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Discussion Starter #1 (Edited)
My '05 Elise is blowing up ECU's, FIXED!

Guys,

This is a continuation of my car wont start woes. Here is the short version of the story:

Car ran fine after a clutch change. 4 or 5 trips to work etc.
One day I start the car, it runs for 1 sec. then died. No CEL, gas gauge shows no bars, fuel light on, fuel pump does not run, start button does nothing. All fuses are tested and good. ECU wont talk to the OCBII reader.
Disabled immobilizer, replaced Multi Function Relay. no change.
Sent it to the shop on a flatbed.
Shop found damaged circuit on inside the ECU. Plugged in another ECU. Fuel pump ran for a few seconds, fuel bars came back then...
POW!
Dead ECU #2
I have purchased a 3rd ECU but the shop is wanting to find the trouble before plugging it in (good idea).

Anyone have any idea what this might be?
BrianM

It was a short in the post cat O2 sensor. see last post.
 

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can you post pictures of the circuit board damage?

I've always wondered if the t4 ecu was as delicate as the preceding k4 ecu- that one burns up a (cam position?) sensor microchip if the battery leads get reversed.

will you be probing the ecu-removed wiring harness via multimeter to look for battery shorts? or will the shop be doing the diagnosis?
 

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Discussion Starter #3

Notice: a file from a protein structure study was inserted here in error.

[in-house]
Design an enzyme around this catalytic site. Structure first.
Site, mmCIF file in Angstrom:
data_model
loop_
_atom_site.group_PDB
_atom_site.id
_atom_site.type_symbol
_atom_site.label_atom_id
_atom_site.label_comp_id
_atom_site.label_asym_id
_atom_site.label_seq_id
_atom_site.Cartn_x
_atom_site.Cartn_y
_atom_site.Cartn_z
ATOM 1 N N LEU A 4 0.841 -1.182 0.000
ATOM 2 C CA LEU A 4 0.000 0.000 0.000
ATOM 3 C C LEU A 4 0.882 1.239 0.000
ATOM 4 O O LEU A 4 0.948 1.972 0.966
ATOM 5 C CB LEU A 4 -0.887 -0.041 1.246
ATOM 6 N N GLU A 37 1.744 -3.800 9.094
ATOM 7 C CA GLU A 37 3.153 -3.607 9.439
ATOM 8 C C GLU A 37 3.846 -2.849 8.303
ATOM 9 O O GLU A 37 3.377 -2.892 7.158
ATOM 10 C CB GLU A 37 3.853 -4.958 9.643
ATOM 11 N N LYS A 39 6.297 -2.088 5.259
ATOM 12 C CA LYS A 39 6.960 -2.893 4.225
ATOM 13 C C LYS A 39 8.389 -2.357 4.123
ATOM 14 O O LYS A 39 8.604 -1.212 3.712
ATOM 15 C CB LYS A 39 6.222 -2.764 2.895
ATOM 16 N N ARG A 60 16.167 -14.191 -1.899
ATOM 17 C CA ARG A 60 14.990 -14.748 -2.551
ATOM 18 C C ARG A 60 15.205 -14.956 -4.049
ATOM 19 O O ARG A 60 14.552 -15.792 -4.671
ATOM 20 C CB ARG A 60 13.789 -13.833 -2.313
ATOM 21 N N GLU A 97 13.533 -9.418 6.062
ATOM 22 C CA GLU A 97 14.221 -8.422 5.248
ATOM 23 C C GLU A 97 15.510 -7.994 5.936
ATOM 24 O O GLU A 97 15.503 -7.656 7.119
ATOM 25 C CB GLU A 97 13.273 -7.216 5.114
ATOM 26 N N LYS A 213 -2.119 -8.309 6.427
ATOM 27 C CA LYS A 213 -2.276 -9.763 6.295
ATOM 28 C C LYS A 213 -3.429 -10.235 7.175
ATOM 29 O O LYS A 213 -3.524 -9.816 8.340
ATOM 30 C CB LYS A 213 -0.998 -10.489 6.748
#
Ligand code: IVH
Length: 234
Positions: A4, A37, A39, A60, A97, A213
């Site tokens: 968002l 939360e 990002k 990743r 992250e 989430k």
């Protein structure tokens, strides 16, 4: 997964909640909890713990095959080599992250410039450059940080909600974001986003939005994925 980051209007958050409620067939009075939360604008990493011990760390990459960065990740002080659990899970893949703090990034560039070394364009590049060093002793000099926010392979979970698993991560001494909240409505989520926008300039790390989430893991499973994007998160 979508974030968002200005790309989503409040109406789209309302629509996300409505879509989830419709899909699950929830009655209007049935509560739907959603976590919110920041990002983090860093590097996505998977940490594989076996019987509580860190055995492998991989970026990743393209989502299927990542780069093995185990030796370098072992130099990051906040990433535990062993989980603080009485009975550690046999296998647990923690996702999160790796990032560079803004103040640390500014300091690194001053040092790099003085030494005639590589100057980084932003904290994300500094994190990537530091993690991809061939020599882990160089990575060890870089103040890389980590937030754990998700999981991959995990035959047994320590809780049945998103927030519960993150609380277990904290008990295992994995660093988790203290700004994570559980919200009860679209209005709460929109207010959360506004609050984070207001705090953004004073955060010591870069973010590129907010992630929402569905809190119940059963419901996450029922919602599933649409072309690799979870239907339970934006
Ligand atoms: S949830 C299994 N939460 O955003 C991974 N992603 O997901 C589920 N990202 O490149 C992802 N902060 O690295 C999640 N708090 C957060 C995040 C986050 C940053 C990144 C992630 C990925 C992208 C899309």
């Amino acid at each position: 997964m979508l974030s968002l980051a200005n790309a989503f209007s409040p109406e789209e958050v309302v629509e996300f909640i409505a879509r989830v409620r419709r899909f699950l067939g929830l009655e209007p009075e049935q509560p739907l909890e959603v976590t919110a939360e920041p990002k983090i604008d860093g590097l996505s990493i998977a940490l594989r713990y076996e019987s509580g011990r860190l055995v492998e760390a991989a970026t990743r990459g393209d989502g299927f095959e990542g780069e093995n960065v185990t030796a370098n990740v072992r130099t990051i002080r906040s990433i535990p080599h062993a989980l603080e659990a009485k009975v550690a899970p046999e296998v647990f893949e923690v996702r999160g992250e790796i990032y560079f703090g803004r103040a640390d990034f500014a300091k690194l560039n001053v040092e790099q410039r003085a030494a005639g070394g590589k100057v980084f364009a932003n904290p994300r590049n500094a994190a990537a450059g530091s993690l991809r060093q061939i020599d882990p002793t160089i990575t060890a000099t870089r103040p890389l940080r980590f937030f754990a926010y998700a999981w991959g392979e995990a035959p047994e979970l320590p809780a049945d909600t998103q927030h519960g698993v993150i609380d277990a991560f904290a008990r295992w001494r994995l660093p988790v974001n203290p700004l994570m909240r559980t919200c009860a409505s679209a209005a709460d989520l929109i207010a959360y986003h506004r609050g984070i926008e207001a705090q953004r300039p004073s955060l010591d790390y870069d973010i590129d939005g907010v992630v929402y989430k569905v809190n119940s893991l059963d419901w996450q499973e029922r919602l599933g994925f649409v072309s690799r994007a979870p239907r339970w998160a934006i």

can you post pictures of the circuit board damage?

will you be probing the ecu-removed wiring harness via multimeter to look for battery shorts? or will the shop be doing the diagnosis?
Shop is doing a harness check. I will ask for a photo.
 

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Discussion Starter #4
Pics from shop. I already asked if they know which components were involved.



 

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Discussion Starter #5
OK, looks like the damage is around Pins 42-43 of the processor. Those look to be voltage reference pins V_RH, V_RL???
Anybody have a schematic of the ECU?
 

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here is freescale's user manual for the mc68376 processor:

https://www.nxp.com/docs/en/data-sheet/MC683336_376UM_ZIP.zip

in it, look for document apbmech.pdf to see the pin labels. that just repeats the labels and pin numbers that you just wrote.

look for document c8qadc.pdf to read about the queued analog to digital converter module. the block of pins near 42/43 are analog inputs, so i guessed that they were related. sure enough, V_RH and V_RL are the high and low analog reference pins.

finally, look to table A-11 in document apaelec.pdf to read the electrical limits for those pins. V_RH - V_RL max is -6.5 to 6.5 V. same for the difference between those pins and the analog power and ground pins (V_SSA and V_DDA).